Diving and seeing the underwater beauty is a very pleasant thing. But unfortunately, sometimes diving can also leave a variety of disorders in the body. One of them is pain in the ear caused by barotrauma.
Barotrauma is a condition of discomfort in the ear due to changes in pressure. Barotrauma is often experienced by someone while diving, especially diving at a depth of more than 10 meters.
Don't Panic, Overcome This Way
There are a variety of symptoms that you may experience as a result of barotrauma, including pain in the ear, difficulty hearing or hearing loss, dizziness, and nosebleeds. For that, do the dive gradually, so that the body can adjust to the underwater pressure.
If you dive too fast, it can harm your ears. High pressure can make the ears feel full. If left alone and the pressure gets higher, the eardrum can burst. When water enters the hole in the ruptured eardrum, you can become dazed, nauseous, and vomit. You may also feel a spinning dizziness, also known as vertigo.
Some of the steps below, can help you cope with barotrauma:
- Perform decompressionIf your ears feel full or feel like they're being squeezed, it's best to avoid diving deeper. Perform the decompression technique, by covering your mouth and nose, then blowing air until you hear a knocking sound in your ear.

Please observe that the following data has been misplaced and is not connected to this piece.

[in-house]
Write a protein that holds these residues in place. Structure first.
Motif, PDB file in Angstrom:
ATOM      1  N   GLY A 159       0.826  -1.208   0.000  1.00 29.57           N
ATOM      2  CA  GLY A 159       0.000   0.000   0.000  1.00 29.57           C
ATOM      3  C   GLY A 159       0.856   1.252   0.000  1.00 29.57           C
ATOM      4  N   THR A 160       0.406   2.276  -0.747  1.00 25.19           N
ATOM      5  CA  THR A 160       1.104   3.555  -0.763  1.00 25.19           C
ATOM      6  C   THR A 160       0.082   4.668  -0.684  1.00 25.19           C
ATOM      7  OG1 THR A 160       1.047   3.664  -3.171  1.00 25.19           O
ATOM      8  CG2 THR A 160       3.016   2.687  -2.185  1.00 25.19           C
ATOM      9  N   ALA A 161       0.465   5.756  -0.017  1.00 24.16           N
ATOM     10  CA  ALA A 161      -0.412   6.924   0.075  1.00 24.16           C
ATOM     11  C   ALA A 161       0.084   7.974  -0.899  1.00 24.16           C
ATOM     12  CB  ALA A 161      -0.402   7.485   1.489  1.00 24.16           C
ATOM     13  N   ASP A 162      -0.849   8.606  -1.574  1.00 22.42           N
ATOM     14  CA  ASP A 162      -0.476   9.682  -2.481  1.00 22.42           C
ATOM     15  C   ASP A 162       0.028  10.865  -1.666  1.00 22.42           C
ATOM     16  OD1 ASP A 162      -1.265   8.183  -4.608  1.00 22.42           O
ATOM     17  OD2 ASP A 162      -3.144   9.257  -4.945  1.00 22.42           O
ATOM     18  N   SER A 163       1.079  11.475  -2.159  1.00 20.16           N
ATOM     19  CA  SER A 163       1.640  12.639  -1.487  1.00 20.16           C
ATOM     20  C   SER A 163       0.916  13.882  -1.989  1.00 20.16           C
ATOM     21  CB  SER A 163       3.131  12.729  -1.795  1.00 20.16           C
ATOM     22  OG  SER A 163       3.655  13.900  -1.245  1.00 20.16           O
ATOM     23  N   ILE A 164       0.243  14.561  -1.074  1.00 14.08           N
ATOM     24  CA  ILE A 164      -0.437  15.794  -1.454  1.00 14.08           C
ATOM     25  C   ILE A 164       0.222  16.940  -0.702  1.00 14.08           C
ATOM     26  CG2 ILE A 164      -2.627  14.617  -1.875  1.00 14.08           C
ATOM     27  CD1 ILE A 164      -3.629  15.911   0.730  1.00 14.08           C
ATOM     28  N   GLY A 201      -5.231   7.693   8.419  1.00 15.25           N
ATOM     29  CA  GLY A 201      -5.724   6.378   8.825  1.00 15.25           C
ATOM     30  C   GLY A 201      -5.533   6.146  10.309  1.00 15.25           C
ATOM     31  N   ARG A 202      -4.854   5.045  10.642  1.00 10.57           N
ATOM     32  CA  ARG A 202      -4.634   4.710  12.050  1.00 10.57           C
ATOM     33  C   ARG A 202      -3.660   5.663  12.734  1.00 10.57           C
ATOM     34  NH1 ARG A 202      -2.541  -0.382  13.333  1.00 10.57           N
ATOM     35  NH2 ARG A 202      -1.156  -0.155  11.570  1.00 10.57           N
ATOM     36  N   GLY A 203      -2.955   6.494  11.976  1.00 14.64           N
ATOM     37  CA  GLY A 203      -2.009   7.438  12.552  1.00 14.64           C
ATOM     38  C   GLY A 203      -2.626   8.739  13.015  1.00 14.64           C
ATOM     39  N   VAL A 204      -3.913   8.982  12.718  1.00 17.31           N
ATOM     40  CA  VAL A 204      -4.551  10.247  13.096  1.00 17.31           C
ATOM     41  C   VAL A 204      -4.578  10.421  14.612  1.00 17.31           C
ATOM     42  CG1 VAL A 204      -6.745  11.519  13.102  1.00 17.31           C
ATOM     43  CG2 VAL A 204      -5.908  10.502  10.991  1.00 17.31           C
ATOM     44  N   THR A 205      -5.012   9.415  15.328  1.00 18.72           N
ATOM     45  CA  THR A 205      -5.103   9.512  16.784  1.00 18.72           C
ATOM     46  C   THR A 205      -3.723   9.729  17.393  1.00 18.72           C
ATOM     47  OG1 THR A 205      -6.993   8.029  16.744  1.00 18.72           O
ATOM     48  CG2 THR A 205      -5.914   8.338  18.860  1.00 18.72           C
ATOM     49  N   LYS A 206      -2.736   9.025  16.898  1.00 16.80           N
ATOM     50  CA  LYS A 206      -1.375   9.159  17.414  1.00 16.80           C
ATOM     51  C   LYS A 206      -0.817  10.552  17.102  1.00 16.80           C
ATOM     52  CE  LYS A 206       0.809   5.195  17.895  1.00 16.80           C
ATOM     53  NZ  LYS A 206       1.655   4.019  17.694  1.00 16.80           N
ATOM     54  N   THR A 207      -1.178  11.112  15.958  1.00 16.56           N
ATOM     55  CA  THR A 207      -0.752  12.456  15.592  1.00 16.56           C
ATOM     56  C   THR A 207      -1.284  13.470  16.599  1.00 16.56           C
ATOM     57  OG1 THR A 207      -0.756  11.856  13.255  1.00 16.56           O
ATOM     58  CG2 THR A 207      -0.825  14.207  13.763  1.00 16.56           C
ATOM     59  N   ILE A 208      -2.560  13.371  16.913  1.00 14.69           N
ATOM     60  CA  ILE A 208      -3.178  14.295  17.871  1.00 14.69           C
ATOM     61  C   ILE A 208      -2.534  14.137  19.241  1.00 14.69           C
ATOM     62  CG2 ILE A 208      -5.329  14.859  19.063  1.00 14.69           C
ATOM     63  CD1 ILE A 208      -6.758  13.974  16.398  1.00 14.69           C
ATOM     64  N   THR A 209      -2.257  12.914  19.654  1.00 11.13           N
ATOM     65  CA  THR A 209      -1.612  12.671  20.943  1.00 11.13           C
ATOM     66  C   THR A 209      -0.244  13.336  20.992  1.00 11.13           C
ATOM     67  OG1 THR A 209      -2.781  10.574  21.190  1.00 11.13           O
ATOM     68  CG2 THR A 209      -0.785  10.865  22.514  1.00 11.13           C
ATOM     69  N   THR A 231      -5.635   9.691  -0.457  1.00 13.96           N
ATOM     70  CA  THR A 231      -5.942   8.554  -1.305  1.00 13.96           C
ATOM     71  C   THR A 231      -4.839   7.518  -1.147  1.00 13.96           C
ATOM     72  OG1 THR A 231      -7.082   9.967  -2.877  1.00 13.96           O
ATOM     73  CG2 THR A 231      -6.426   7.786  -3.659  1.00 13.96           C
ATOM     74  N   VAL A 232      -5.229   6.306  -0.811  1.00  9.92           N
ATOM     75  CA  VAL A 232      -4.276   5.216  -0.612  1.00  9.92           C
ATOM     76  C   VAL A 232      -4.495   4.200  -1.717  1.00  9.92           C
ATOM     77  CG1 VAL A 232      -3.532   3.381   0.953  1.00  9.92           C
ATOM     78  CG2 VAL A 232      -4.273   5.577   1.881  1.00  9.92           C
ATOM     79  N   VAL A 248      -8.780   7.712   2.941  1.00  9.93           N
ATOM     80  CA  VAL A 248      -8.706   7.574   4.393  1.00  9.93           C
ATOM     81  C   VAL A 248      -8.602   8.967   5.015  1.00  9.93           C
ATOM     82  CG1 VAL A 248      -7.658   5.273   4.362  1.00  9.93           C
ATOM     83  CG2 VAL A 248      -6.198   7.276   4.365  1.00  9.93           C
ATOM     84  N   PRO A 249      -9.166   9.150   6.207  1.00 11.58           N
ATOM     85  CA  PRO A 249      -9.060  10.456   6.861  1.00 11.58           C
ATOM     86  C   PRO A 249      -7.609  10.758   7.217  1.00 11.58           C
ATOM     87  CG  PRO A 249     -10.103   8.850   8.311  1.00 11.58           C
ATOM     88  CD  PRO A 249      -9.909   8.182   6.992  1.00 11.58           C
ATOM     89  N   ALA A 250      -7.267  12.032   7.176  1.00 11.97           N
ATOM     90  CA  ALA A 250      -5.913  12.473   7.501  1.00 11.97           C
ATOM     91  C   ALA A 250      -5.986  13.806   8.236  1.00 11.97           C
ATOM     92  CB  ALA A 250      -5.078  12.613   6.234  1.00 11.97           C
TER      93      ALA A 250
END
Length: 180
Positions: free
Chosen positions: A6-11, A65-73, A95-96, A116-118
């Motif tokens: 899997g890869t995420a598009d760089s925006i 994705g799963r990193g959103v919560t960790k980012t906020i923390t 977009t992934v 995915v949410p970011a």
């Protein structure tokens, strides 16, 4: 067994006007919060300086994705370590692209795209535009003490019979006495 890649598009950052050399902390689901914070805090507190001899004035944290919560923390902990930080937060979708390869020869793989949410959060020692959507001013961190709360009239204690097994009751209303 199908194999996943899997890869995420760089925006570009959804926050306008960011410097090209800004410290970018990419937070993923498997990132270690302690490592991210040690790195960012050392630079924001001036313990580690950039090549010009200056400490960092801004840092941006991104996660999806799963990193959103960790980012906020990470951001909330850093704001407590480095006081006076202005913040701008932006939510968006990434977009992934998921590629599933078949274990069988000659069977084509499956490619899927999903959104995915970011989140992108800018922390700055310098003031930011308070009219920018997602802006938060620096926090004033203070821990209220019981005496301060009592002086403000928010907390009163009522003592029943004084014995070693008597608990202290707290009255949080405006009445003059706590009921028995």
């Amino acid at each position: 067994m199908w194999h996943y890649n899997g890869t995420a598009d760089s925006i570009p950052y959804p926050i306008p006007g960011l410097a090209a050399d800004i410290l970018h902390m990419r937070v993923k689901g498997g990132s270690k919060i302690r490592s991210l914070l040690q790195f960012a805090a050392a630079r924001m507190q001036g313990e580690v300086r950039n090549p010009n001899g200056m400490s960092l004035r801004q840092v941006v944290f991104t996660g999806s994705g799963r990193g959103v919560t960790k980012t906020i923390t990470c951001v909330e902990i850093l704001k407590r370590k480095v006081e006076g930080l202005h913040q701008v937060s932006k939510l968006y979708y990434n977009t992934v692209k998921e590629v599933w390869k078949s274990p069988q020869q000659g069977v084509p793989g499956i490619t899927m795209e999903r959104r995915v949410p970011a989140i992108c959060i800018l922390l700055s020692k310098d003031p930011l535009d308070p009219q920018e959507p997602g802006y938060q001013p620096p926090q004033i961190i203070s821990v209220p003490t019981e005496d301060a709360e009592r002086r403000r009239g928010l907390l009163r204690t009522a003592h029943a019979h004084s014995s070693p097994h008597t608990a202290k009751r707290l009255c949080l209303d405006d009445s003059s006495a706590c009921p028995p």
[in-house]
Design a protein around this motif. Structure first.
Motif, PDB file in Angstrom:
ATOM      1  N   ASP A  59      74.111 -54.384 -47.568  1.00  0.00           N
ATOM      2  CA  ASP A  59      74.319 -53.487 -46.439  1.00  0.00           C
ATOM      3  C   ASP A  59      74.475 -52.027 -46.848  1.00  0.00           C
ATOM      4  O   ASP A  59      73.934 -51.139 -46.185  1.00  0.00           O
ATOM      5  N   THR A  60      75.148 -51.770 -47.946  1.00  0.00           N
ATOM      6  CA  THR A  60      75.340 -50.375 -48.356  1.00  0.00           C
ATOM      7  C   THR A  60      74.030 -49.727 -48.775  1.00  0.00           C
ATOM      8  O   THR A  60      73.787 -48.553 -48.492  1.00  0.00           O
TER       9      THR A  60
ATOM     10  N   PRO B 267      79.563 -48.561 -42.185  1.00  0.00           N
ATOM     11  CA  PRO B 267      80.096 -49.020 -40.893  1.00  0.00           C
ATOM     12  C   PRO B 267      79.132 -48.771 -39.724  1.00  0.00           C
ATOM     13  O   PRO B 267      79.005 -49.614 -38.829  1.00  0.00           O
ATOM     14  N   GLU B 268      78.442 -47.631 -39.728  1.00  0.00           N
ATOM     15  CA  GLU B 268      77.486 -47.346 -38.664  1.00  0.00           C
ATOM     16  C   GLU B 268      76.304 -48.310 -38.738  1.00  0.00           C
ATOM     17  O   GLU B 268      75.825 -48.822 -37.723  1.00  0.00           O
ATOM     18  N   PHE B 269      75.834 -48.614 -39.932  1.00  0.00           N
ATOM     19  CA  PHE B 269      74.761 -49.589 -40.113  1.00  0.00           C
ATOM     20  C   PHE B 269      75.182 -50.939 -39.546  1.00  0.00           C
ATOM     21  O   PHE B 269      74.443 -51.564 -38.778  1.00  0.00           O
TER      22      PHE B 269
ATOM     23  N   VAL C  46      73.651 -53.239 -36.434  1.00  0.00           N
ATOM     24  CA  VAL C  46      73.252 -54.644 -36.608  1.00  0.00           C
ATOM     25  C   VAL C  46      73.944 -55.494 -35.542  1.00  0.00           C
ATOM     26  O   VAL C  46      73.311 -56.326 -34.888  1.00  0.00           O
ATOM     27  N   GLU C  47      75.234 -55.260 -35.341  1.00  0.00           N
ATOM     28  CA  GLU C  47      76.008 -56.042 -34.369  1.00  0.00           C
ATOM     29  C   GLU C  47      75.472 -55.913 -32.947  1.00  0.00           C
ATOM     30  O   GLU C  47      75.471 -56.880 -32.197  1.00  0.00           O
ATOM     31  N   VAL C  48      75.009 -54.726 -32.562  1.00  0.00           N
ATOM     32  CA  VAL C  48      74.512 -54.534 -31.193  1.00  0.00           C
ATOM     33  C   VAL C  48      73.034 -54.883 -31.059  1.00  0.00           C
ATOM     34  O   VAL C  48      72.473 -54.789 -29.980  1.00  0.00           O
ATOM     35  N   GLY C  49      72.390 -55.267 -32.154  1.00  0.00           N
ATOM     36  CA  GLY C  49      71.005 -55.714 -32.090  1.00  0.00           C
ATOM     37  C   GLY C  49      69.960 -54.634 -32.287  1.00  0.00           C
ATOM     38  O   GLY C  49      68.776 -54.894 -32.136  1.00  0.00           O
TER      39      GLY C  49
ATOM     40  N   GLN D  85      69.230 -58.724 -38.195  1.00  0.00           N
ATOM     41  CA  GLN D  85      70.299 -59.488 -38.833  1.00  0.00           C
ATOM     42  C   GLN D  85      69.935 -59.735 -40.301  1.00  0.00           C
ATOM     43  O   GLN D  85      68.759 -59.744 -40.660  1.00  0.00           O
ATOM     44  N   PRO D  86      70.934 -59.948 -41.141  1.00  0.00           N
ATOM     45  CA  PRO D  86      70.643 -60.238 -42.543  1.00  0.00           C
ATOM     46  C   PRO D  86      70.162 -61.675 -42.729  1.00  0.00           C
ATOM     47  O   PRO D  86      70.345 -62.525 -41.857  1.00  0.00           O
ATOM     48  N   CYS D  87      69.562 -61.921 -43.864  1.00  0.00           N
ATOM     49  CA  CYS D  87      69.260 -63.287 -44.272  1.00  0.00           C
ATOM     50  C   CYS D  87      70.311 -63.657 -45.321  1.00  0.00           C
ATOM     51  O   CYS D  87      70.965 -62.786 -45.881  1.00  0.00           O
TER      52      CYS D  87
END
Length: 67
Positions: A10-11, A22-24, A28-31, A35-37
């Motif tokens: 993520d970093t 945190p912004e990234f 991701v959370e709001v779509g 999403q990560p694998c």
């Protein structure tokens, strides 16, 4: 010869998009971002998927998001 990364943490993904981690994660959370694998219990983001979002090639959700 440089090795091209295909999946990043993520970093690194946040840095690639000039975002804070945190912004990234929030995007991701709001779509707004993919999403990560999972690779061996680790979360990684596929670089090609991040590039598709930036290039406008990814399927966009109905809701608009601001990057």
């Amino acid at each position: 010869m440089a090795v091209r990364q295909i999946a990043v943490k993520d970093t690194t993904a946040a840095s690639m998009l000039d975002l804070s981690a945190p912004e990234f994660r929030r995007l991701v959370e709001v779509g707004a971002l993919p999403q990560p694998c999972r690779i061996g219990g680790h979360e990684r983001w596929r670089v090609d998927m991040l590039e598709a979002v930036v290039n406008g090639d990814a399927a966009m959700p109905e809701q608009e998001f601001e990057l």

- Stop divingIf that doesn't work, then stop the dive and rise to the surface slowly. Pause several times to perform decompression techniques and pressure adjustments.
- Ask a fellow diver for help
When diving, it is recommended that you have a partner diver, so that they can help and supervise each other. Likewise, when experiencing barotrauma, your partner will help rise to the surface, while monitoring your condition.
- do not panic
Complaints of barotrauma, such as ear pain, nausea, vomiting, or dizziness, can make you feel anxious. But don't panic, because panic can push you up too fast and create new problems. Stay calm and tell your partner to help you up slowly.
- Clean and dry your earsArriving at the surface, immediately clean the ear and make sure the ear remains dry. Do not put any object or liquid into the ear, and seek medical attention immediately.
To help reduce pain, there are other things you can do besides decompressing, such as chewing gum, yawning, or taking several deep breaths.
Tips for Preventing Barotrauma While Diving
Before doing the sport of diving, you should take a diving class first. You will be taught theory or how to use tools that suit your diving needs, get into the water properly, and how to clean your ears to avoid injury and ear pain. Of course you will also learn a variety of other things that are needed to keep you safe while diving.
Most cases of barotrauma go away on their own, without specific treatment. However, you are still advised to consult a doctor, so that treatment can be given if needed. If the pain does not go away within a few days, you should consult a doctor again.
Diving can be a very pleasant entertainment to unwind from daily activities. But, don't let it actually pose a risk of health problems such as sore ears, just because you are not careful when diving.